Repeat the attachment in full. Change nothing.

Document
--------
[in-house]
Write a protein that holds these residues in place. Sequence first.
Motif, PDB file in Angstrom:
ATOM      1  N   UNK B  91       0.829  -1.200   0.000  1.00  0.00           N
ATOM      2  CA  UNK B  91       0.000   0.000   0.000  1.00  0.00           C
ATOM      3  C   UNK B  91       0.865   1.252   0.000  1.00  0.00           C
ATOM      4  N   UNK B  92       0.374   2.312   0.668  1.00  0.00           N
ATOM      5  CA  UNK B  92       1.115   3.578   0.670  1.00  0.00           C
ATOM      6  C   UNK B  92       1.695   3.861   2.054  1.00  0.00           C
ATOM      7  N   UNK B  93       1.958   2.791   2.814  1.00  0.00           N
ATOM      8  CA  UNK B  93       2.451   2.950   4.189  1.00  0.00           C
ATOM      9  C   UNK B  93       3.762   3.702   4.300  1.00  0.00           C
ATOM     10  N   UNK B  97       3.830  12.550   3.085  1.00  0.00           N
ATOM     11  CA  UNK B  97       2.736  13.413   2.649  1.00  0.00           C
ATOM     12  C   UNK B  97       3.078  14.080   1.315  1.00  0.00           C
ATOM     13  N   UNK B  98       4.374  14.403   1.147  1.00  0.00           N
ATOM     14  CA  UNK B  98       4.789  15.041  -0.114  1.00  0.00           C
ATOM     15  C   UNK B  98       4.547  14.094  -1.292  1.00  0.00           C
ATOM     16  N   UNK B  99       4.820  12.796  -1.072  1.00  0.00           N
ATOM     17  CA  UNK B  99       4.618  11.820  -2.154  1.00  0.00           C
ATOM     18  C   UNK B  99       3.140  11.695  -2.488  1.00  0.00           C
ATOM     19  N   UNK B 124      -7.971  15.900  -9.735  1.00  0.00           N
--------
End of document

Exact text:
[in-house]
Write a protein that holds these residues in place. Sequence first.
Motif, PDB file in Angstrom:
ATOM      1  N   UNK B  91       0.829  -1.200   0.000  1.00  0.00           N
ATOM      2  CA  UNK B  91       0.000   0.000   0.000  1.00  0.00           C
ATOM      3  C   UNK B  91       0.865   1.252   0.000  1.00  0.00           C
ATOM      4  N   UNK B  92       0.374   2.312   0.668  1.00  0.00           N
ATOM      5  CA  UNK B  92       1.115   3.578   0.670  1.00  0.00           C
ATOM      6  C   UNK B  92       1.695   3.861   2.054  1.00  0.00           C
ATOM      7  N   UNK B  93       1.958   2.791   2.814  1.00  0.00           N
ATOM      8  CA  UNK B  93       2.451   2.950   4.189  1.00  0.00           C
ATOM      9  C   UNK B  93       3.762   3.702   4.300  1.00  0.00           C
ATOM     10  N   UNK B  97       3.830  12.550   3.085  1.00  0.00           N
ATOM     11  CA  UNK B  97       2.736  13.413   2.649  1.00  0.00           C
ATOM     12  C   UNK B  97       3.078  14.080   1.315  1.00  0.00           C
ATOM     13  N   UNK B  98       4.374  14.403   1.147  1.00  0.00           N
ATOM     14  CA  UNK B  98       4.789  15.041  -0.114  1.00  0.00           C
ATOM     15  C   UNK B  98       4.547  14.094  -1.292  1.00  0.00           C
ATOM     16  N   UNK B  99       4.820  12.796  -1.072  1.00  0.00           N
ATOM     17  CA  UNK B  99       4.618  11.820  -2.154  1.00  0.00           C
ATOM     18  C   UNK B  99       3.140  11.695  -2.488  1.00  0.00           C
ATOM     19  N   UNK B 124      -7.971  15.900  -9.735  1.00  0.00           N